May 08,2009

Canton Fair Fares Unwell: Export Decline Continuing

By CSC staff, Shanghai
The Canton (Guangzhou) Trade Fair, long regarded as an important weather vane for China’s foreign trade, this year faced bitter, cold winds. The 105th holding of the fair, a semi-annual event that lasted 23 days this time, concluded yesterday. Trade volume of main export products such as machines and light industrial products all saw a decline, although the degree of decline differed in different sectors. The total trade volume in this Canton Fair dropped 16.9% below the previous one.
 

Wen Zhongliang, vice-director of the Department of Foreign Trade of the Ministry of Commerce (MoC) and director of the business department of the Canton Fair, commented, "China’s exports will continue to decline short-term, and will hover at the bottom in this year’s second and third quarter, but the decline will be slower than in the previous months." A rebound is "expected to occur in the fourth quarter," he added.

Many export-oriented companies had hoped to improve their business with orders from the Canton Fair, but the global financial crisis and the unfortunate coincidence of the international spread the H1N1 (swine) flu saw both the number of buyers and trading volume drop below expectations.   

165,436 overseas buyers from 209 countries and regions attended the fair, 5.2%, or 9136 people, below the previous fair’s total. Trading during the fair totaled $26.23 billion, down 16.9%. Only the trading of some single varieties of goods saw an increase.

Trading in machinery products totaled $11.26 billion, a drop of 19.5%, accounted for 42.9% of the total trading volume. Trading volume of light industrial and textile products totaled $8.37 billion and $3.23 billion, respectively, down 15.3% and 11.7%, while that of food and shoes totaled $410 million and $550 million, both up slightly. Trading in medical equipment reached $220 million, a rise of 34.7%.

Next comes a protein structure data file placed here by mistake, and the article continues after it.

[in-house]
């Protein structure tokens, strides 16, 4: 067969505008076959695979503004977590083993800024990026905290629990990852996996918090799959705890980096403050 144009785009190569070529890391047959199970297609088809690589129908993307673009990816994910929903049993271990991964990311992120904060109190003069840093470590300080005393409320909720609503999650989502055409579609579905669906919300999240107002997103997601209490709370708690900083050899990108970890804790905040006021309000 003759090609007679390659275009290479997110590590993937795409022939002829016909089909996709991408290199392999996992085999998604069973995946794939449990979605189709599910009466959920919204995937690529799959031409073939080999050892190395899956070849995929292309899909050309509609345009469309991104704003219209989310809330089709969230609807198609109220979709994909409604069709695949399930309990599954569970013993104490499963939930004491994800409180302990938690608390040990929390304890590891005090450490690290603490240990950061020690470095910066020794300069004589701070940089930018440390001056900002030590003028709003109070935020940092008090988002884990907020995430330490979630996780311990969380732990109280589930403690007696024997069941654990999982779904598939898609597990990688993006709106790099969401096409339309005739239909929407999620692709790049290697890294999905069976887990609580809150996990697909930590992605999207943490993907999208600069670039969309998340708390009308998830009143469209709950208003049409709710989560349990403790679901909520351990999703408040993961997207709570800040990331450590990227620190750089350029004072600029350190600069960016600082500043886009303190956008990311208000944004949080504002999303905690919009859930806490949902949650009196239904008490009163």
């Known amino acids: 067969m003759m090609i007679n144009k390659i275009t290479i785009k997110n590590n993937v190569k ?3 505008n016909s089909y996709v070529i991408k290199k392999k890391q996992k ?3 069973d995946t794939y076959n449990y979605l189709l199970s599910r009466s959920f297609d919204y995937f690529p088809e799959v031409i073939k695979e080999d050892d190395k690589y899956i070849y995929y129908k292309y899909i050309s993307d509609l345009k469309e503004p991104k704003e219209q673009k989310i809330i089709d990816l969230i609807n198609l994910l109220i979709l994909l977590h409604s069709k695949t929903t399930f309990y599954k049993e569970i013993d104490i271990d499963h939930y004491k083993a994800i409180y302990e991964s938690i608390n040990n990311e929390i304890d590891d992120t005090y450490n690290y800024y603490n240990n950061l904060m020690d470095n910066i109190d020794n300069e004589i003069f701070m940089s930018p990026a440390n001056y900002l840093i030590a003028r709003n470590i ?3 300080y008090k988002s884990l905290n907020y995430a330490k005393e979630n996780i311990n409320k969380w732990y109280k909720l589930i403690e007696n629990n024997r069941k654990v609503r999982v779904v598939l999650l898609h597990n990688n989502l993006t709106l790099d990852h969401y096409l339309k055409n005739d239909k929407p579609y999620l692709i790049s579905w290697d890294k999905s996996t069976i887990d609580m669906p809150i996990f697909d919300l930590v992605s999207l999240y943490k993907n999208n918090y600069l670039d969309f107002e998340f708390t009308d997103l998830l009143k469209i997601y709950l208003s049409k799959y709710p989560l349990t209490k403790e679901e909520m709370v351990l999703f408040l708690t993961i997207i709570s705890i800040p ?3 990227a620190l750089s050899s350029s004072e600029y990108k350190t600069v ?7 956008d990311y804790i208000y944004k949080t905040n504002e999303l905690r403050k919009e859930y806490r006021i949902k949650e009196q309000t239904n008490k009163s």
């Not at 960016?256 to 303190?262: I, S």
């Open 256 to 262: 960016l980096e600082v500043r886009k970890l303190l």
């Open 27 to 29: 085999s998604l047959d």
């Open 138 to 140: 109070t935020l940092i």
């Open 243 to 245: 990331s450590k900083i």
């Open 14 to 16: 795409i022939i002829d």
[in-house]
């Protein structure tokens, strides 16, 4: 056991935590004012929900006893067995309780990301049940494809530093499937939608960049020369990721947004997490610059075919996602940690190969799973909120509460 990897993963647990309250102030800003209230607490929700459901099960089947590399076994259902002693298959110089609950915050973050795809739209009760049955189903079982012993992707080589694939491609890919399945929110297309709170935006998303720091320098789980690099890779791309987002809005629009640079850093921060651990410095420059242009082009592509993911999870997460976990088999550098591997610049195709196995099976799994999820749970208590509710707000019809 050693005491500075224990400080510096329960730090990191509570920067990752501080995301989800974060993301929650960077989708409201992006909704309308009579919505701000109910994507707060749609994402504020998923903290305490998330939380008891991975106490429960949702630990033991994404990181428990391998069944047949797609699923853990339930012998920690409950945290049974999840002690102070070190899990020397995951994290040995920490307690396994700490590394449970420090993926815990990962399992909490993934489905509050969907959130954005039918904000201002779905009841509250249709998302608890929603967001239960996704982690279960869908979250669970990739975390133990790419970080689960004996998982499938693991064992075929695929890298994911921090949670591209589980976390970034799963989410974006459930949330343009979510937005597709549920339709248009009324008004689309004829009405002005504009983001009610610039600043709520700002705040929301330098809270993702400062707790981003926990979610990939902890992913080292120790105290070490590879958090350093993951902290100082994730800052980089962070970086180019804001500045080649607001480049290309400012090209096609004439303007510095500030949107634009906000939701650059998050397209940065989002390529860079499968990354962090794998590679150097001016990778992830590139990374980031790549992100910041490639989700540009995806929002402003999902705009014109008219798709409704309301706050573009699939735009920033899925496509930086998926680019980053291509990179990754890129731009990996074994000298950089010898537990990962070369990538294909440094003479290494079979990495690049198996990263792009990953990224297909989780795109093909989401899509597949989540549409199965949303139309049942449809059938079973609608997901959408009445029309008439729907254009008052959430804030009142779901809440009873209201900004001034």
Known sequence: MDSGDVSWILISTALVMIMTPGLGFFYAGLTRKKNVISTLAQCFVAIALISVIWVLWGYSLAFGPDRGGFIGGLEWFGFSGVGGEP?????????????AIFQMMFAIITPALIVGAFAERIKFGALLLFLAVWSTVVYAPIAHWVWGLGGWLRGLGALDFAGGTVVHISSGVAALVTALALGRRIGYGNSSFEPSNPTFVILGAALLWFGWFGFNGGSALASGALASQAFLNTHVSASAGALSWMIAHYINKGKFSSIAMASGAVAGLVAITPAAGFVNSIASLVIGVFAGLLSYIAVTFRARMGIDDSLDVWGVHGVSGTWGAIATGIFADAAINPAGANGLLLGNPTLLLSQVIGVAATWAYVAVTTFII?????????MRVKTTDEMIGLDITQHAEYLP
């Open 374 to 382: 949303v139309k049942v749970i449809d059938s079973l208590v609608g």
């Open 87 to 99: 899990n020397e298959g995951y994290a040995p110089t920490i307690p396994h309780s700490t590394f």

At the 104th Canton Fair last fall, numbers of buyers and trading volume dropped 9.1% and 17.5%, respectively, marking the beginning of the negative growth in China’s foreign trade. In the first quarter of this year, China’s imports and exports totaled $428.74 billion, down 24.9%, year on year.

Zhou Shijian, executive director of the China Association of International Trade, says the low trading volume at the Canton Fairs shows that China’s exports are unlikely to see positive growth in the first half of this year and the government should take more drastic measures to safeguard markets, firms, and employment. A release of a series of policies including again lifting the export tax rebate is expected.  

To help exporters, the MoC for the first time allowed domestic buyers to attend the fair.

Those attending the fair commonly reported that international buyers were more cautious and were reducing the number of orders and cutting delivery terms and prices. Mid- and low-end products with lower prices and sound quality were more popular than high-end ones.  

Wang Yu, vice-chairman of China Chamber of Commerce for Textiles Import and Export, said the decline of orders had accelerated the competition within the industry, and those focusing only on prices instead of quality are more easily eliminated. Meanwhile, he reminded firms to pay attention to possible trade disputes due to low prices.

China’s machinery products favored by international buyers were mainly low priced small electrical appliances and high tech or environmentally friendly high-end products. Chinese machinery exporters are trying to persuade the government to lift the export tax rebate ratio so they can invest more profits in R&D and technical improvement. 

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